Guar Gum Goodness ….and Pitfalls

guar gum -

If you’re looking to add “slip” to your conditioners, shampoos and detangler mixes, one option you have is Guar gum.

Regular Guar gum is an ingredient which aids in thickening your product as well as adding that magical “slip” we all want so much.  “Slip” is  great for combing and finger detangling.

Guar gum is a non-ionic, white powder not to be confused to “cationic guar gum”(guar hydroxypropyltrimonium chloride).

When I first started to use Guar gum, I noticed how soft and slippery it felt after adding it to water.

The goodness of Guar gum comes from its ability to thicken just about anything you stick it into…as long as you incorporated it well.  It is recommended to use Guar gum as the end step of the process after you’ve added all your liquid ingredients together.

You can make a super slippery detangling mix by adding Guar to water, tea, Rose water, or a hydrosol.  Guar added at less than 1% (maybe only 0.5%) will thicken up the liquid to create a slippery mix which can easily be put on the hair to allow for better wet-combing or finger detangling.

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Unlike ingredients which just thicken a liquid, Guar gum has a softness to its slip.  It feels super soft as you rub a Guar gum based mix between your fingers.  Adding Guar to a homemade shampoo, for instance, may help to prevent that awful “straw like” feeling because of the softness Guar brings. But BE CAREFUL!  Too much Guar gum can cause flakes in you hair!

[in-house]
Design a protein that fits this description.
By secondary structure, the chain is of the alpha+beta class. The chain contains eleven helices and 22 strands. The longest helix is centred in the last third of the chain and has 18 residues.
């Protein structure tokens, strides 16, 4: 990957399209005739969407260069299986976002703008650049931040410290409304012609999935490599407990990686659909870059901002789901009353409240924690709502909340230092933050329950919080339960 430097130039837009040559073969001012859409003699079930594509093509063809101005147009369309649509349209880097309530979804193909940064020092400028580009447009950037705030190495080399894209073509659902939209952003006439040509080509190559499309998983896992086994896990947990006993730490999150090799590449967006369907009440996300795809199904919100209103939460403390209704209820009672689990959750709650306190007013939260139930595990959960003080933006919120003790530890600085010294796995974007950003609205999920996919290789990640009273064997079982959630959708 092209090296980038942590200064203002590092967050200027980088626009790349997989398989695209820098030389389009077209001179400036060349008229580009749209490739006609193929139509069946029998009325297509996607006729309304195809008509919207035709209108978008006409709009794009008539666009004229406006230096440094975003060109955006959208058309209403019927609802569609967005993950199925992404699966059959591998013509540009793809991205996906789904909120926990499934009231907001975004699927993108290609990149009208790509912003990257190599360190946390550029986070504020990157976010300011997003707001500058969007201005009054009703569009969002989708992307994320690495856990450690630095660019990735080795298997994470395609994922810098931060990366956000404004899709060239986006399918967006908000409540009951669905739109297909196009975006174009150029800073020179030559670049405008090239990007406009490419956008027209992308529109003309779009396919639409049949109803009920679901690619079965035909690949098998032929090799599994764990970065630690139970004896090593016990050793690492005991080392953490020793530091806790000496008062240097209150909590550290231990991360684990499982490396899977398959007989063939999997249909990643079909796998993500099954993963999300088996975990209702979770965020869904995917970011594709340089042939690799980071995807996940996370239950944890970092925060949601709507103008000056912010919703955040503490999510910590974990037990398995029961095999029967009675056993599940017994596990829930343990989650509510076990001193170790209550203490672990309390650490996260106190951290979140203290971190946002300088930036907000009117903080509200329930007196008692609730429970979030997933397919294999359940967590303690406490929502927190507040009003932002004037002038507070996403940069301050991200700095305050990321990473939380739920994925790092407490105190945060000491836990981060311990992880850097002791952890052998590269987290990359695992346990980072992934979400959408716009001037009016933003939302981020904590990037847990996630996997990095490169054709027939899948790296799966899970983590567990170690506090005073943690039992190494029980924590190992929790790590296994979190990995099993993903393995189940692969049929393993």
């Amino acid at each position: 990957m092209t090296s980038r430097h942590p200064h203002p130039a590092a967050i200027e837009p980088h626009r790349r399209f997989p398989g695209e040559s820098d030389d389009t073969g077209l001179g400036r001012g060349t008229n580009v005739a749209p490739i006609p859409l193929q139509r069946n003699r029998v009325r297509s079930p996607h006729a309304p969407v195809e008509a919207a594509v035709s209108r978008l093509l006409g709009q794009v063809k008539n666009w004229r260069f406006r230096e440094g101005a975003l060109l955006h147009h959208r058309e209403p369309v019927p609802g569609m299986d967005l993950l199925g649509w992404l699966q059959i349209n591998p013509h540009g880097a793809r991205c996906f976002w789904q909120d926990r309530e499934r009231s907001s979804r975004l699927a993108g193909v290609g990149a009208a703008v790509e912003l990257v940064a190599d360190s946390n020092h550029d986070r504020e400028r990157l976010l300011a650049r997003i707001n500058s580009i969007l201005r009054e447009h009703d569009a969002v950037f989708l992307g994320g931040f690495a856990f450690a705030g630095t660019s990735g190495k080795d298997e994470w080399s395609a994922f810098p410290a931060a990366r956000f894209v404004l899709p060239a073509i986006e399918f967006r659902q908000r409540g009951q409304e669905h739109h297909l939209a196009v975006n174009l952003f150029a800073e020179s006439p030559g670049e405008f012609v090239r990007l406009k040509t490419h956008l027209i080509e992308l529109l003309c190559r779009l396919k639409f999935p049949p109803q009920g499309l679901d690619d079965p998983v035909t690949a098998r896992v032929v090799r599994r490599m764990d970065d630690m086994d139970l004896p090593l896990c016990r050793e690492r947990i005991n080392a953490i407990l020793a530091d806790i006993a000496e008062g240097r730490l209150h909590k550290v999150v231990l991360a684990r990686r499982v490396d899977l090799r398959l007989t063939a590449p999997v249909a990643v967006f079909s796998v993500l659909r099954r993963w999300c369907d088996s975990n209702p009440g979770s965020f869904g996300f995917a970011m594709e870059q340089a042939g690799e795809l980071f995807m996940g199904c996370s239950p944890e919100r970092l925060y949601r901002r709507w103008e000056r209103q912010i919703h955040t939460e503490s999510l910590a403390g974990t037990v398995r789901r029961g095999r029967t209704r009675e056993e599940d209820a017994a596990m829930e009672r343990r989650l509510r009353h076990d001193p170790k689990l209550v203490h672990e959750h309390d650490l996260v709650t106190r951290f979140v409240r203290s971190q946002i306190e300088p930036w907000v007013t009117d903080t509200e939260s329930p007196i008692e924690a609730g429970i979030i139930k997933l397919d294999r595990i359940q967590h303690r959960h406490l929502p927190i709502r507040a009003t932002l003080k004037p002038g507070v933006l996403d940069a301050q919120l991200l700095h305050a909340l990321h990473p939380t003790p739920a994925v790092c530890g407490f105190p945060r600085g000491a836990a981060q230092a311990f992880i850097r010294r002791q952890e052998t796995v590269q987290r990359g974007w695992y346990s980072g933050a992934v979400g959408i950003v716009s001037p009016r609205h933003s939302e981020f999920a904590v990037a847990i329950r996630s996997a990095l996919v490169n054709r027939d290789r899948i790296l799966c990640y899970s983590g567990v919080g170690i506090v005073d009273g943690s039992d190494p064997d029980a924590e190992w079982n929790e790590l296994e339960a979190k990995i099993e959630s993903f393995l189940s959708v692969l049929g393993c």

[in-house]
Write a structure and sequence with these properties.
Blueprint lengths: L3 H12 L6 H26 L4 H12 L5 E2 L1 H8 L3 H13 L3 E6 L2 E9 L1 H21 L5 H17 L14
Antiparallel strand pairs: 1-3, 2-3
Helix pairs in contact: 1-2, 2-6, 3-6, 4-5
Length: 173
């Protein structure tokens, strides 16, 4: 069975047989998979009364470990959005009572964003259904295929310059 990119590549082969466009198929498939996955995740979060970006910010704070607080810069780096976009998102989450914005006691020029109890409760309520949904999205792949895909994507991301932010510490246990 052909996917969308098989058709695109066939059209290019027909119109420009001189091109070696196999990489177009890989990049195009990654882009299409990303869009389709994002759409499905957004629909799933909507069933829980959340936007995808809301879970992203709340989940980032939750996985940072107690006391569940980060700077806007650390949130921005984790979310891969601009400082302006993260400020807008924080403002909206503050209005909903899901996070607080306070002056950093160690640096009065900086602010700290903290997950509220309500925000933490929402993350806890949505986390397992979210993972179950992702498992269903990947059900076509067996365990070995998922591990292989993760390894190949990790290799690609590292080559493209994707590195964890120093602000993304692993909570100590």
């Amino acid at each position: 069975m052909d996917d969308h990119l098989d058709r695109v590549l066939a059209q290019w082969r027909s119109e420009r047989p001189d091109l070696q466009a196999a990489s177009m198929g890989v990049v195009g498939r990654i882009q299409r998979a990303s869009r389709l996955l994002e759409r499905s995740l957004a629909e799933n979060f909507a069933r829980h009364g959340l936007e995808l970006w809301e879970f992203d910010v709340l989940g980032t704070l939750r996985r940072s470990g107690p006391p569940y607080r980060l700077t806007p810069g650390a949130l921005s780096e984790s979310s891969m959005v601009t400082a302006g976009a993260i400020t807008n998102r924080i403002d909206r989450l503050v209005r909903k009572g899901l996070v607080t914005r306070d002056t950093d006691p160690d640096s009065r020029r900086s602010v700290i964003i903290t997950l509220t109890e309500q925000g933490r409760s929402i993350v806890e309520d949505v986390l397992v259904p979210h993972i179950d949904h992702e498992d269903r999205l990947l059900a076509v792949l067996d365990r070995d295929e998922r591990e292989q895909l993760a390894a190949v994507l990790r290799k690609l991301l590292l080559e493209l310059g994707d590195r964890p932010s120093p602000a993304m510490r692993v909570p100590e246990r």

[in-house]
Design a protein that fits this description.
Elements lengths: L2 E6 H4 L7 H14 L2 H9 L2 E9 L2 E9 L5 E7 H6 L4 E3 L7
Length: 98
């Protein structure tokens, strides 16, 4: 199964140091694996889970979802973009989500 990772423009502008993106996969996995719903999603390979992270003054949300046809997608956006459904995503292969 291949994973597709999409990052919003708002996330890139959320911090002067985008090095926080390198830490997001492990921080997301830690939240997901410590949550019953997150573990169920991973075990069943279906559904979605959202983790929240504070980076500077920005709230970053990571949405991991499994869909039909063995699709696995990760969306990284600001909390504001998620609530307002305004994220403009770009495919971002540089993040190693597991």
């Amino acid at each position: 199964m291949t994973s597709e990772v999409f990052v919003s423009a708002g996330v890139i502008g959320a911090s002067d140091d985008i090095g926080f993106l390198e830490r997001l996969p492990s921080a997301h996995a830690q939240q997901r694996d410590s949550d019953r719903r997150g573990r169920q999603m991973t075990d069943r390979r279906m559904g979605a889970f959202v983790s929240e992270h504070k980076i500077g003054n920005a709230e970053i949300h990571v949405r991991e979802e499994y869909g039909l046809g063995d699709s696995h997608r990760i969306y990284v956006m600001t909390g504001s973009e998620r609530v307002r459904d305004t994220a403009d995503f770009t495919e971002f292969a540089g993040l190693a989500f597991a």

Guar gum was actually introduced to me via youtube by ReviveUK when she used it to make a honey/glycerin hair gel.  Although I could never get mine to do right (lol),  I was impressed by the magical ingredient.

Guar gum can act like a mild emulsifier too by preventing the oil from separating from the water.  But you shouldn’t use it instead of a real, stand alone emuslfier. Companies even use Guar Gum to make because it can severely limit ice crystal formation after its frozen.

TIP: Some big wholesaler companies suggest you add Guar gum AFTER you’ve added all your other liquid ingredients to your concoction. It is said to help it to come together better.

Conversely, I’ve also noticed a few pitfalls which should be overcome if you’re to use Guar Gum to its fullest capability.

Regular Guar gum dumped directly into water will immediately start to gel and clump.

If I dump the Guar gum into water all at once, I’ll have little balls of Guar gum in the center, with gel surrounding it. This is what’s called the “fish eyes” problem.

It should be poured or tapped in a little at a time into your concoction while mixing.  Or you should use a high sheer mixer (stick blender) to make sure it’s incorporated.

You can also use the solvent process to incorporate Guar gum into water by adding it to glycerin first.  THEN add that slurry mix into water.

TIP: Some wholesalers recommend you not use Guar Gum in any mix containing Borax

Another problem with Guar gum is that the slippery gel you make with it can flake-up in your hair for a number of reasons:

1. Using too much Guar.  It only takes a VERY SMALL amount to do what it needs to do.  If you use it and your mix isn’t where you want it to be, please let it sit for a few hours to make sure the Guar has fully dissolved. It will get thicker as time goes on.

2. Not mixing well enough.  The Guar has to be hydrated (dissolved into your water/liquid fully.  You have to ensure there aren’t any small “fish eyes” in the mix.

3. Using it without oil/glycerin.  For some reason, oil and the addition of glycerin seems to cut back or stop flake formation tremendously based on my unscientific experimentation. Maybe there is some type of lubrication which is created by the addition of such products which causes the Guar not to flake so badly on hair.

Yes, other less finicky thickeners can be used instead of Guar gum, but the super softness and slip provided by the Guar makes it a good choice for detanglers, shampoos and some conditioners.

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